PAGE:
Size does not matter
At the Pond’s Femina Miss Chandigarh finale, judges and contestants seemed to agree it’s the contestants’ zeal that makes girls from smaller towns stand out.chandigarh Updated: Dec 19, 2012 11:04 IST
Geographical and cultural barriers are diminishing the world over. On Monday night, this fact became apparent in the city at Pond’s Femina Miss India Chandigarh contest, when it also became obvious that there are more factors contributing to vanishing barriers than technological advancement.
The news of girls from small towns making it big in the entertainment industry is now common. From city’s Vanya Mishra, crowned Femina Miss India last year, to Parineeti Chopra, who is originally from Ambala, grabbing big banner films in Bollywood, small cities are suddenly significant on India’s map.
Agrees Vanya, with a proud smile, “Initially, no one thought I would emerge a winner. Even Harbhajan Singh (Indian cricketer) asked me how I felt belonging to Chandigarh, to which I replied that many others from the city had achieved great heights in various fields. I have never been bothered by the size of the city that I come from; metropolitans undoubtedly offer greater exposure, but the zeal of girls coming from smaller regions is incomparable.”
Echoing similar thoughts is Simran Kaur Mundi, Femina Miss India 2008 and one of the judges for Monday night’s event. “I was born in Mumbai and studied in Madhya Pradesh, which isn’t as fast as Mumbai. I think girls from smaller cities are raw and hence find it easier to learn. They are also honest and know the worth of such competitions. Since it’s difficult to unlearn, it is easier to teach someone who doesn’t know,” she says.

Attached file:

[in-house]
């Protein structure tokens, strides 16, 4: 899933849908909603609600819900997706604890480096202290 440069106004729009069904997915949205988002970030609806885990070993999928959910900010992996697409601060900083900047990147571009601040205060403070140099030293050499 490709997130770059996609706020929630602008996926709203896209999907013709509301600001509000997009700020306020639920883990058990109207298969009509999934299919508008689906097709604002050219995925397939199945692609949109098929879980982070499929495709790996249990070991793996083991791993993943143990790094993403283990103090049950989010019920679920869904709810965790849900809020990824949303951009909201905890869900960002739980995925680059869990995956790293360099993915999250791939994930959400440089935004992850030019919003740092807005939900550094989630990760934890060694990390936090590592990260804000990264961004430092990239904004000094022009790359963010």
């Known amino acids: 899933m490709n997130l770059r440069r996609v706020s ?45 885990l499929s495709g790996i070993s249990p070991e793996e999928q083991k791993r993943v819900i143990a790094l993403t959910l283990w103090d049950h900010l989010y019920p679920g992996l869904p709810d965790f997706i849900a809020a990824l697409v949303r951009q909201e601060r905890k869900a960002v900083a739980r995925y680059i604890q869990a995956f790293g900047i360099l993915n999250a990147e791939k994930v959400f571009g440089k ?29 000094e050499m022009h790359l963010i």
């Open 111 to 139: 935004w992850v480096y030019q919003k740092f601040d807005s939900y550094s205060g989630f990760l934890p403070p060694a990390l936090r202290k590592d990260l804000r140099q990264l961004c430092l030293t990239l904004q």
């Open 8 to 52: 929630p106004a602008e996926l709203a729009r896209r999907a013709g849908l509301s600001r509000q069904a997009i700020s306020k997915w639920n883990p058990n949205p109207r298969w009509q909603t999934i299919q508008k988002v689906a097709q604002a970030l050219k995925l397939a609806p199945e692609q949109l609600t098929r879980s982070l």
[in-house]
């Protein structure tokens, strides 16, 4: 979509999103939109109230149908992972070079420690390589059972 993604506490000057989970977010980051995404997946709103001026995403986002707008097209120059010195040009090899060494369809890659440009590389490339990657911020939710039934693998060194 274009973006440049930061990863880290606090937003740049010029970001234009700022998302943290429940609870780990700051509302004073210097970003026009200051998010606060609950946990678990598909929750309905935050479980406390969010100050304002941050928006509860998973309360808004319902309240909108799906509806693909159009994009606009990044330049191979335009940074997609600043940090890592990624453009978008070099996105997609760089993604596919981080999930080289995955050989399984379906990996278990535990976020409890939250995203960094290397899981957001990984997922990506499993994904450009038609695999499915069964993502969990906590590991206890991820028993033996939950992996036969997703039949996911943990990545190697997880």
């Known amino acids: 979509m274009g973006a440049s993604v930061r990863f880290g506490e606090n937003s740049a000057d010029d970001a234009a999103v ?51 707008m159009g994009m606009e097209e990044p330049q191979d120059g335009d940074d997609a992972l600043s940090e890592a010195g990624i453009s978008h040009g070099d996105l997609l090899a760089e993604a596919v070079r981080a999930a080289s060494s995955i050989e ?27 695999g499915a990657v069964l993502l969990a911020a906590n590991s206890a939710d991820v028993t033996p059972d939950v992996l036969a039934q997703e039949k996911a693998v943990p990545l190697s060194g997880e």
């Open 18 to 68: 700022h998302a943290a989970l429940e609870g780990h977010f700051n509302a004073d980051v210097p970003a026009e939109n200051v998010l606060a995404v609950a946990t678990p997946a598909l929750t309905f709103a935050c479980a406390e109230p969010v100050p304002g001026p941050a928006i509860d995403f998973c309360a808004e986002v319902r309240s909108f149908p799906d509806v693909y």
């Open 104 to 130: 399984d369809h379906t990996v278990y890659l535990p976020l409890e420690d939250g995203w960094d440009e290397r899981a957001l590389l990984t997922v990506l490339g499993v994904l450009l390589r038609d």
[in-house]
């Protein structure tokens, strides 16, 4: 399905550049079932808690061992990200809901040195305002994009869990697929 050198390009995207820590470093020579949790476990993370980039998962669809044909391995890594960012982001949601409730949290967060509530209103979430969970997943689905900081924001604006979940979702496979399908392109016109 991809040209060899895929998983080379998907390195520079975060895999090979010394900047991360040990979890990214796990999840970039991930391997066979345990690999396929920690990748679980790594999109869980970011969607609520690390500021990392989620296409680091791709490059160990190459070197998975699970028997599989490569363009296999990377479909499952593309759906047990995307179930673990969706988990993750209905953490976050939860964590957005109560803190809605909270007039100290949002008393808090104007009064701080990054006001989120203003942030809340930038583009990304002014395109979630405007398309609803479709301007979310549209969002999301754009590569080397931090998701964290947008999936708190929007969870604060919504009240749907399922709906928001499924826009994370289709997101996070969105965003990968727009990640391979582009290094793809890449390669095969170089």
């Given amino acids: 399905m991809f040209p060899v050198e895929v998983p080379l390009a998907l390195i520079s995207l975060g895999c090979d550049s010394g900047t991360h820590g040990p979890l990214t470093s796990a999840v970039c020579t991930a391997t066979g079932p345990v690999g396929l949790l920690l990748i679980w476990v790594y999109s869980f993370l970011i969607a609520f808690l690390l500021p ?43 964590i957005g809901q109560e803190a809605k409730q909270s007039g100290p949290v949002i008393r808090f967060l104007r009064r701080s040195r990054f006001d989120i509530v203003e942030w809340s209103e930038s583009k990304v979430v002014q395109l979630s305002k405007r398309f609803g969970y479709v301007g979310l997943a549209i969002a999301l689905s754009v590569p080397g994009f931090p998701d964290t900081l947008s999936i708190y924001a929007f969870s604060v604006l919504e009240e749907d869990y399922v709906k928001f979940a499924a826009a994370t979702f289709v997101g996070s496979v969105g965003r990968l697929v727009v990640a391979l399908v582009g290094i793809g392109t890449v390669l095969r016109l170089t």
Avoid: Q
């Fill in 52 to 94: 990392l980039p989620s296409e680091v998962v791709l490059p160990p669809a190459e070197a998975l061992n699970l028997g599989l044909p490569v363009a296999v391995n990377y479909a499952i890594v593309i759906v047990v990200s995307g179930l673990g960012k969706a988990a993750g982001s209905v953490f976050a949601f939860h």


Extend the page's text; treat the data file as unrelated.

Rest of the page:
Enthralled by the passion of the contestants, local socialite Pooja Talwar, another of the judges, adds, “Small-town girls are more enthusiastic about their participation in these pageants. They are also more hardworking and their talent is untapped.”
Furthering the conversation, former model Marc Robinson, who is now director, operations (Contestants and Creative), Femina Miss India, offers, “Girls in bigger cities venture into a career-oriented life at an early age. But things are changing. This time, for the 50th Miss India selections, we went to cities such as Indore, Goa, Pune and Chandigarh and found some unpolished diamonds. Though beauty is an essential aspect and an inherent trait, we also judge how passionately these girls want the title.”
Marc adds that once they realise a contestant’s potential, teaching her language, style and diction is not so difficult.
However, the winning reply seems to have come from the winner herself. Navneet Kaur Dhillon, crowned Miss India Chandigarh 2013, says, “Firstly, I don’t call Chandigarh a small city.
Secondly, I am a citizen of the country. My father was in the Army and I call myself an Indian. In the future, I see myself winning the biggest pageant of the world.” This is passion in its purest form.